Further compounding the movie's problems is the importance of the telephone as a horror device. Yeah yeah…I know the original When a Stranger Calls came out before Wes Craven's Scream. But it is Craven's film that now defines the murderous phone caller in horror cinema. In that department, Craven set a bar that has yet to be topped.

And knowing that Camilla Belle is a very capable actress, it was hard watching her bumble through When a Stranger Calls. Hopefully her future film roles will make us forget about this one. We'll see.

To be blunt, there was no reason to remake When a Stranger Calls. Although I never saw Fred Walton's 1979 original, it's based on a debunked urban legend that made use of horror movie devices that have since become either outdated, overused, or both. Simon West's updated version carries those flaws into the 21st Century, creating a movie too forgettable and bland to be enjoyed even while intoxicated.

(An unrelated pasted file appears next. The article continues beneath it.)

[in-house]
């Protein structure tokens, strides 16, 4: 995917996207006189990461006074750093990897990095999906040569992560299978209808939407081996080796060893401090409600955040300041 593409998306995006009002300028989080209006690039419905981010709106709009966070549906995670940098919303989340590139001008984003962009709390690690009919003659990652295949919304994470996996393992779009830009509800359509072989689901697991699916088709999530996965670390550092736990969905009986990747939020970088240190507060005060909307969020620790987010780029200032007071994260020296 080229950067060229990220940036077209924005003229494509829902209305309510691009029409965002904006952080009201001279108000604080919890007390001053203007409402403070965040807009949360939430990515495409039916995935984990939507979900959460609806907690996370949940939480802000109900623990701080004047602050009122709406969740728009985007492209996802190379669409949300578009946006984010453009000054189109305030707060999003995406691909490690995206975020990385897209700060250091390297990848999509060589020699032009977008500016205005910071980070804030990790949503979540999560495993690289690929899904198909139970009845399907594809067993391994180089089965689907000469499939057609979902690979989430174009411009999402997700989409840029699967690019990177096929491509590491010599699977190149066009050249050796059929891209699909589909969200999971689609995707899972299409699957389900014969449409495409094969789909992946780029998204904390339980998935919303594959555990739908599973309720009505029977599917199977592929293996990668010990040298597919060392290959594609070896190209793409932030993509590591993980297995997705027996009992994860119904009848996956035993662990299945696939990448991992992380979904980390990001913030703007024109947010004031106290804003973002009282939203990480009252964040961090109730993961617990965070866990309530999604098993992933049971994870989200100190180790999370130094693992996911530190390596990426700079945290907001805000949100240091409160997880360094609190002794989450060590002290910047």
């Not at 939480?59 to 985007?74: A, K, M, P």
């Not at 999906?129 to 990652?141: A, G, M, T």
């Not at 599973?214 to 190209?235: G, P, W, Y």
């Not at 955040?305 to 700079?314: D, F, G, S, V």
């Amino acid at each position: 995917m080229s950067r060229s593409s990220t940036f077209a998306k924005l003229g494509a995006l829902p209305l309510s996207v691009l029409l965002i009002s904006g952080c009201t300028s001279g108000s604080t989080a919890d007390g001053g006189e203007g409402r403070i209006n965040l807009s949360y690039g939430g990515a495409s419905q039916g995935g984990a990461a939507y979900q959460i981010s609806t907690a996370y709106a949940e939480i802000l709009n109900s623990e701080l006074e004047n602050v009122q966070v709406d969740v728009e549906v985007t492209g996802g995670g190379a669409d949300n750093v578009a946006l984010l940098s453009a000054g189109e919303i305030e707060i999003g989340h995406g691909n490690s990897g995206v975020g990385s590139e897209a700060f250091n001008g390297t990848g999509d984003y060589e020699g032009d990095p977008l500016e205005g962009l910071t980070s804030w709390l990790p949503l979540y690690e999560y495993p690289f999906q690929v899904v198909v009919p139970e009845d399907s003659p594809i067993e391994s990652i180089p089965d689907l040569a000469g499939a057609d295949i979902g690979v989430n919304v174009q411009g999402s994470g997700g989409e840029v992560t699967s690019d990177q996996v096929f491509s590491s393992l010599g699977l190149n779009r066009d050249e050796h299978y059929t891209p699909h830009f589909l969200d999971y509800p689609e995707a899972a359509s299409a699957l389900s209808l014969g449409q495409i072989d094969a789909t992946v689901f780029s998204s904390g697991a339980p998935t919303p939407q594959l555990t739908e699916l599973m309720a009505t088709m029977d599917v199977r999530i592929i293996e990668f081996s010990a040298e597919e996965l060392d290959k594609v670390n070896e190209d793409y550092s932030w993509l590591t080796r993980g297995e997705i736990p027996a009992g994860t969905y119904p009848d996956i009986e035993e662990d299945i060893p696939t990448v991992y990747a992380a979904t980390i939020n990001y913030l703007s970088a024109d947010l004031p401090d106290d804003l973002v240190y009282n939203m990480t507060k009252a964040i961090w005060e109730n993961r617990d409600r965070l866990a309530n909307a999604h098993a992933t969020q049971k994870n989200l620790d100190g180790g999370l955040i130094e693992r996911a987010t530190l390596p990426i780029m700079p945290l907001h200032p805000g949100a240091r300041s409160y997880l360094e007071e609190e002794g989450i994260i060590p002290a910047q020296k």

(0.5 out of 4 stars)

Review written by: Joe Yang